3 But exactly how much lime is needed? Methods used to determine lime requirement vary from state to state. In Louisiana, the soil-lime incubation method is used. Increments of base are added to samples of soil, then the ph is measured after the added base has reacted with soil acidity. A plot of the results gives the relationship between amount of base added and resulting ph. The amount of base required to achieve the target ph is determined from this plot. Added base is expressed in milliequivalents (meq), where meq = ml x N (ml of added base x normality of base). Since the mass of soil incubated with base is known, the required meq of base / kg of soil is easily determined. Scale-up to kg of lime per ha (or lbs per ac) is straightforward. In units of kg / ha kg lime / ha = 2 (milliequivalent weight) (meq base / kg) In units of lbs / ac lbs lime / ac = 2 (milliequivalent weight) (meq base / kg) These identical conversions are based on the assumption that the mass of a hectare furrow slice (depth 15 cm) is 2 million kg and that the weight of an acre furrow slice (depth 6 inches) is 2 million lbs. There are three types of lime materials Boxides, hydroxides, or carbonates of calcium or calcium and magnesium. Respective examples are CaO, Ca(OH) 2 and CaCO 3. The carbonates are the most widely used lime materials. These are mined, crushed and ground finely enough react fairly quickly (need high surface area for rapid dissolution before any appreciable neutralization can occur). Oxides are produced by heating carbonates, thereby driving off CO 2. Hydroxides are hydrated oxides. The oxides and hydroxides are more soluble and react faster but are more expensive. All lime materials react with H 2 O or CO 2 in the soil to form Ca(HCO 3 ) 2. The bicarbonate (HCO 3 - ) then reacts with H + to form H 2 CO 3, which decomposes to CO 2 and H 2 O. The CO 2 escapes to the atmosphere and neutralized H + is left behind as water. The ph increases, as does % BS when Ca 2+ from the lime is adsorbed onto the exchange complex. A somewhat confusing term applied to lime materials is CaCO 3 equivalent. This is a rating, relative to pure CaCO 3, of how much soil acidity an equal mass of another lime material can neutralize. Pure CaCO 3 is assigned a CaCO 3 equivalent of 100. Let=s see how it works using CaO as an example. Since the equivalent weight of CaO is 28 g / mole compared with 50 g / mole for CaCO 3, any given mass of CaO can neutralize 50 / 28 times as much acidity as can an equal mass of CaCO 3. Thus, the CaCO 3 equivalent of pure CaO is 179. Purity as well as equivalent weight determines the CaCO 3 equivalent of a lime material. For example, CaCO 3 that is mixed with an equal mass of non-lime material has a CaCO 3 equivalent of 50. 3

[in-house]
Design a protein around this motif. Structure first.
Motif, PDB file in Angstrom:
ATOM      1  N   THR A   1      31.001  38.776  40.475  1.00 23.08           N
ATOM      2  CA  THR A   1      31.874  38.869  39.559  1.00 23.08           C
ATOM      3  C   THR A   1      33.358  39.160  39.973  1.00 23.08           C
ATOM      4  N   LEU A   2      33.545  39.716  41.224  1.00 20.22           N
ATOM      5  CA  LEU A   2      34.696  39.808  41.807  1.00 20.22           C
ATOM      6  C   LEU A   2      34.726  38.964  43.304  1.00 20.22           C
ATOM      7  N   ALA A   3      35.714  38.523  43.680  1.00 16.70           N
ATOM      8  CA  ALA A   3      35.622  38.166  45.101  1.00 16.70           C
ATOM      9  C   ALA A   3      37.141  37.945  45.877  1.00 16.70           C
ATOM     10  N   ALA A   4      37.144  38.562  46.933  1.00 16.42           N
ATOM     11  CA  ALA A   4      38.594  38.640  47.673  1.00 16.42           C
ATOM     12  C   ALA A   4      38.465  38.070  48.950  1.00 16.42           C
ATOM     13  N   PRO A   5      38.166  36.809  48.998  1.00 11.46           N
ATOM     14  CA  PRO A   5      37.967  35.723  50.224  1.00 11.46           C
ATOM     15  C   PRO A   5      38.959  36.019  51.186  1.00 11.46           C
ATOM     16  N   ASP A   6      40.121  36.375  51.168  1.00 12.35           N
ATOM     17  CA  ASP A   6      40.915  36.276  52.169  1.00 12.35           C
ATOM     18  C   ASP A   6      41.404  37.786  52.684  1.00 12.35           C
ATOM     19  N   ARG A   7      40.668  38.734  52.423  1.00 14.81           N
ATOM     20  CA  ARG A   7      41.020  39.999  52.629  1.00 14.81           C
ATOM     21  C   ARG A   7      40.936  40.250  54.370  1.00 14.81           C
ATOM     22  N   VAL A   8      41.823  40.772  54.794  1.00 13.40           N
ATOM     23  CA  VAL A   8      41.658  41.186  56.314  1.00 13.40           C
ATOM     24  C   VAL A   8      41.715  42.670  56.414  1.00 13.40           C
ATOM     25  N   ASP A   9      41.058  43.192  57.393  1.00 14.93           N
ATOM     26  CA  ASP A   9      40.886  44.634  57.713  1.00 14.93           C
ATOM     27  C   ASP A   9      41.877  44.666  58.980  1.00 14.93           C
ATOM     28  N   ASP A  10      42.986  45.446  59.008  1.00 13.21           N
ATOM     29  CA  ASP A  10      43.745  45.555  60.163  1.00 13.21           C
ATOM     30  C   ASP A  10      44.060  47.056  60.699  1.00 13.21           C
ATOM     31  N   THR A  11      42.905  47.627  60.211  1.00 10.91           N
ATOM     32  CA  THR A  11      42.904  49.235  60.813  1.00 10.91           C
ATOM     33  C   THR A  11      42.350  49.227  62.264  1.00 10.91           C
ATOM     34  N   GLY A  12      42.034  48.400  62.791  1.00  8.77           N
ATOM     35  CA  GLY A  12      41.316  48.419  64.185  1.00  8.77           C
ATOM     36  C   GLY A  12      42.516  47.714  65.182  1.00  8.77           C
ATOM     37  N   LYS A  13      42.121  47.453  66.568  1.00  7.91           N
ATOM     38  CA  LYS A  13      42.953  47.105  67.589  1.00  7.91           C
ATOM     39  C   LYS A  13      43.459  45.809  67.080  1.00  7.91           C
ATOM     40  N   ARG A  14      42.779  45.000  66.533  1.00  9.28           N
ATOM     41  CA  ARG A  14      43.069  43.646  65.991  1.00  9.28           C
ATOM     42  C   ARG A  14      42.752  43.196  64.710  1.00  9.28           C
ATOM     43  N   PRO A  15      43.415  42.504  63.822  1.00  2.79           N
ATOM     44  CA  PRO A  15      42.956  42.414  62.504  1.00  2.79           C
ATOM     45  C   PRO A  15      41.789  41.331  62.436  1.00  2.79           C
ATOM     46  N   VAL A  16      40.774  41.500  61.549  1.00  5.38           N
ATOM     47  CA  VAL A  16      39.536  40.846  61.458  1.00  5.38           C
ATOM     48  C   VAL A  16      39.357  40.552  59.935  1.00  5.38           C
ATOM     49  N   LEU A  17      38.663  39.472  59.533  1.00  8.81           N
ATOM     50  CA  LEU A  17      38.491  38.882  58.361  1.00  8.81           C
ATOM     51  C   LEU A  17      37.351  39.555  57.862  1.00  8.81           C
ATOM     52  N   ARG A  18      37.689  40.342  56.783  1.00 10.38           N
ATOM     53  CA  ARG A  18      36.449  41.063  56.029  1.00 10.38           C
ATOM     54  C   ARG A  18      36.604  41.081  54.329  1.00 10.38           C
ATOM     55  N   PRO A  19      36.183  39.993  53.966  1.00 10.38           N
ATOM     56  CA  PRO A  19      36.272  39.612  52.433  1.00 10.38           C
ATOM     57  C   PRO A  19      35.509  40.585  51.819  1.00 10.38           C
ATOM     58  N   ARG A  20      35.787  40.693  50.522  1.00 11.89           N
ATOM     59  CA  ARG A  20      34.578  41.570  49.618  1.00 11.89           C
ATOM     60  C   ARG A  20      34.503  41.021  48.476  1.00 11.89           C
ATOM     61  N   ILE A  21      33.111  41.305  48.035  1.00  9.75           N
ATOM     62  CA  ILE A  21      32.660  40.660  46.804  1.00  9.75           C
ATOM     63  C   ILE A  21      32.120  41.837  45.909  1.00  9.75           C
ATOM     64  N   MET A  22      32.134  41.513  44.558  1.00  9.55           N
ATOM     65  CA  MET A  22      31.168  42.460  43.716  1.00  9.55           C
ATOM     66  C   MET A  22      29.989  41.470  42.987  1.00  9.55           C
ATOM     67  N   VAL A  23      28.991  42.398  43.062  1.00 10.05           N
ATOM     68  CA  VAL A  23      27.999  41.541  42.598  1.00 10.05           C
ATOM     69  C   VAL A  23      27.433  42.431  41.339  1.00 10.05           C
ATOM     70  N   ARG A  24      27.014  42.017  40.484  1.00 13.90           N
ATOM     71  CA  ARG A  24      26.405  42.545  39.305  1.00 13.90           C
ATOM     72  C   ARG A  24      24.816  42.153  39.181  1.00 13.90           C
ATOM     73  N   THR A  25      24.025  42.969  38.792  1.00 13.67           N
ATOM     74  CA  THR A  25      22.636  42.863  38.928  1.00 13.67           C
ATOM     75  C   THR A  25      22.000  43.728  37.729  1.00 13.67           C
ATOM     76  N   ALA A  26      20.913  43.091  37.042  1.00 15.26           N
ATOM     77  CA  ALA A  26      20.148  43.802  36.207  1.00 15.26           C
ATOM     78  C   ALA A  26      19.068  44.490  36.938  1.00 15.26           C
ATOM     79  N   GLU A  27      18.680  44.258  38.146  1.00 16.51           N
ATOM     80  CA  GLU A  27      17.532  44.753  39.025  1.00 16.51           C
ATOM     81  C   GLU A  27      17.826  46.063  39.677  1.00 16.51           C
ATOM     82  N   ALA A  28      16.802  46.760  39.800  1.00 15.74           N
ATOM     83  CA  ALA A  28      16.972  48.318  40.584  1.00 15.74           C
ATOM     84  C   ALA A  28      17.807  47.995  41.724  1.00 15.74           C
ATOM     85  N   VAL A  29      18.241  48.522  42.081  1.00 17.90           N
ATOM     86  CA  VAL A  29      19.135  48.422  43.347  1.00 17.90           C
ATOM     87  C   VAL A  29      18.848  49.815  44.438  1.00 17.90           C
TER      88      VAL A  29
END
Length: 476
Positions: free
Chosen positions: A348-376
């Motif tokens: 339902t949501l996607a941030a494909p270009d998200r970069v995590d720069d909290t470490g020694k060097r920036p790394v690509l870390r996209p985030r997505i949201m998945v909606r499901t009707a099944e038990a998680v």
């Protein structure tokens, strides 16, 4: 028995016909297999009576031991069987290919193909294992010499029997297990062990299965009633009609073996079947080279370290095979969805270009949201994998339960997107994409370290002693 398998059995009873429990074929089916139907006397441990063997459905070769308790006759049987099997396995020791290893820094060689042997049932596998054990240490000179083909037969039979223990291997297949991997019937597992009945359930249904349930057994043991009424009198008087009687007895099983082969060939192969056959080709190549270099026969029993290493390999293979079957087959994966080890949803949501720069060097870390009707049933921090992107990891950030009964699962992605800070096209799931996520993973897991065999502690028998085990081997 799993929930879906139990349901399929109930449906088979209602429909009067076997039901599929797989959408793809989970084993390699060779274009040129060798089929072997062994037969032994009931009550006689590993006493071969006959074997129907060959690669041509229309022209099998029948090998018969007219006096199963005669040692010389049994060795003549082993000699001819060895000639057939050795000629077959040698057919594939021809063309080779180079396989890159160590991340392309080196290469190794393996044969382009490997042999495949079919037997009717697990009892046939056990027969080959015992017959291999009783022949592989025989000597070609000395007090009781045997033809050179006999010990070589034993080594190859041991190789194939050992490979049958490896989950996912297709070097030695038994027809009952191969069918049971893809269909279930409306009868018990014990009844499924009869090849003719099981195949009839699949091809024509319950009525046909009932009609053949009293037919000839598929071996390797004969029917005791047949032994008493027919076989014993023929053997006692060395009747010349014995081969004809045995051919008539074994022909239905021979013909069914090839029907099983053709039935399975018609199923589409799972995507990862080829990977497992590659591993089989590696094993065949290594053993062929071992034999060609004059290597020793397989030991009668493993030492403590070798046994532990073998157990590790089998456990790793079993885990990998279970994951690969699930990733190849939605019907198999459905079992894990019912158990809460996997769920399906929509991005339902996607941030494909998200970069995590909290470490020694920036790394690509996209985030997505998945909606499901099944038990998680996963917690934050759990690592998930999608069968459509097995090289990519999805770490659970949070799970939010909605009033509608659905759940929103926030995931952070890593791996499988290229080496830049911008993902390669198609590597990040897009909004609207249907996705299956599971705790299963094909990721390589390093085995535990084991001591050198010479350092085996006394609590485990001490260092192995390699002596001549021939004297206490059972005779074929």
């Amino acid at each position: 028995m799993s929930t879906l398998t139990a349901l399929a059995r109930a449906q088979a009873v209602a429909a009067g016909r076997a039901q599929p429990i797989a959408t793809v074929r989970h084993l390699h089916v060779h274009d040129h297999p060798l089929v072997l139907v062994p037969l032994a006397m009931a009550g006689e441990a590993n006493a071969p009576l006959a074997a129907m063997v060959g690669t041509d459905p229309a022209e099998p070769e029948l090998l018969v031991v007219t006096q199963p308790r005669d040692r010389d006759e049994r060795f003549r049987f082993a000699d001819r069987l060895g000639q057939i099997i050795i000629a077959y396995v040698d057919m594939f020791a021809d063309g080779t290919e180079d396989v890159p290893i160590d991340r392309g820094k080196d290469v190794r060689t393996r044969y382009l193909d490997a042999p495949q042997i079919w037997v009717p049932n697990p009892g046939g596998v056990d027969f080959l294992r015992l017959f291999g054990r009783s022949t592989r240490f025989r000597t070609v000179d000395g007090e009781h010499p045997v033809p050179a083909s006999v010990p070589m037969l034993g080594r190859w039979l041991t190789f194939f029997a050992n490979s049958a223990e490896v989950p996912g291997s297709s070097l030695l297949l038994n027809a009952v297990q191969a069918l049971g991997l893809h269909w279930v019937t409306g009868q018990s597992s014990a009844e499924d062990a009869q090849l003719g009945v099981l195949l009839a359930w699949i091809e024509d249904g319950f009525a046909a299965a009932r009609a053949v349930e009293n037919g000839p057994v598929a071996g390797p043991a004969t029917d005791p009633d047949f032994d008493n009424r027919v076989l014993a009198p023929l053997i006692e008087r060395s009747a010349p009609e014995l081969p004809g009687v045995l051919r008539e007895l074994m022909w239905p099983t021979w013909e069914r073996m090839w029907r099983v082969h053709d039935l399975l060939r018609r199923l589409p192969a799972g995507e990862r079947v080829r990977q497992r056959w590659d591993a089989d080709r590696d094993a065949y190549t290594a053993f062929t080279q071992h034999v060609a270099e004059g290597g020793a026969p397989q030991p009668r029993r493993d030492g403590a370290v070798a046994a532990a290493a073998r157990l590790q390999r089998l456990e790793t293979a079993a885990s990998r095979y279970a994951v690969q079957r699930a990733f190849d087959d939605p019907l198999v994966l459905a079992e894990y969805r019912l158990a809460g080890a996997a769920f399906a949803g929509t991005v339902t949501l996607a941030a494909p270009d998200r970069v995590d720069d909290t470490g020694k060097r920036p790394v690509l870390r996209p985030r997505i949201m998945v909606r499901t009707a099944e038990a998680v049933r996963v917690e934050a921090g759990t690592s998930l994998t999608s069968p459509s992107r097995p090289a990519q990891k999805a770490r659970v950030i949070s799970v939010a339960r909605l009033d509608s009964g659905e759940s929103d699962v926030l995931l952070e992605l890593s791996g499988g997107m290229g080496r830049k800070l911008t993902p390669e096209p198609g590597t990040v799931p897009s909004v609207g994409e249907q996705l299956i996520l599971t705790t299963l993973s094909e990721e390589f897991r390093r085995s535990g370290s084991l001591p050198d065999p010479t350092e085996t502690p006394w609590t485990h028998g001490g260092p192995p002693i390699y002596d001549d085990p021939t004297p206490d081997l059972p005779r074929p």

4 III Procedures A Soil Reaction (ph) Test for Soil Alkalinity 1. Put about a gram each of Norwood silt loam, Sacul Bt and Darley sandy loam in separate porcelain dishes. 2. Add a few drops of dilute HCl to each soil and watch for an effervescence of CO 2, which indicates that the soil is alkaline due to the presence of CaCO 3. Record results. Measure Soil ph 1. Weigh three 10 g samples of each of the above soils into small wax-coated cups. 2. Add 10 ml of distilled water to one sample of each soil and stir with a glass rod. 3. Add 10 ml of 0.05 N NaOH to the second sample and stir. 4. Add 10 ml of 0.05 N HCl to the third sample and stir. 5. Let the soils equilibrate for 10 minutes, then measure the soil ph using the ph meter. Stir the solution again before taking the reading. Record results (Table 1). B Lime Requirement for an Acid Soil 1. Weigh 10 g of Darley soil into each of 4 waxed cups. 2. Add either 0, 4, 8, or 12 ml of 0.05 N NaOH to each of the four cups. 3. Add either 12, 8, 4, or 0 mlof distilled H 2 O to each of the 4 cups so that the total volume of liquid is 12 ml in each cup. 4. Stir the soil samples and let react for one hour with occasional stirring. For greater accuracy the ph readings should be taken after about 8 h. 5. Measure the ph of the soil in each cup and record (Table 2). 4

5 IV Worksheet and Questions A Soil Reaction (ph) Soil Alkalinity 1. Which soil showed CO 2 effervescence when HCl was added? 2. Write a chemical reaction showing how the CO 2 was produced. 3. When the acid (HCl) was added to the soil containing lime (CaCO 3 ), CO 2 was produced. If lime is added to an acid soil, is CO 2 produced? Soil ph Soil ph in d-water ph in 0.05 N NaOH ph in 0.05 N HCl Norwood Sacul Darley 1. Which of the acid soils is more highly buffered? 2. Explain why the same amount of base or acid caused a different ph change in two acid soils 3. Why didn't the acid lower the ph of the calcareous soil? 5

6 B Lime Requirement of an Acid Soil ml NaOH added meq added meq / kg Equilibrium ph Graph soil ph and meq of base added. ph 0 meq / kg 6

7 2. To raise the soil ph to 6.4, how many meq of base / kg would be needed? 3. Calculate the lime requirement in lbs / ac to raise the soil ph to 6.4 by applying CaCO 3 CaO Ca(OH) 2 90 % pure CaCO 3 4. Which of the above liming materials has the highest neutralizing power? The lowest? 5. Calculate the CaCO 3 equivalent of CaO. 6. Why does lime particle size affect the rate at which soil acidity is neutralized? 7. Write a chemical reaction showing the neutralization of soil acidity by adding CaCO 3 to the soil. 7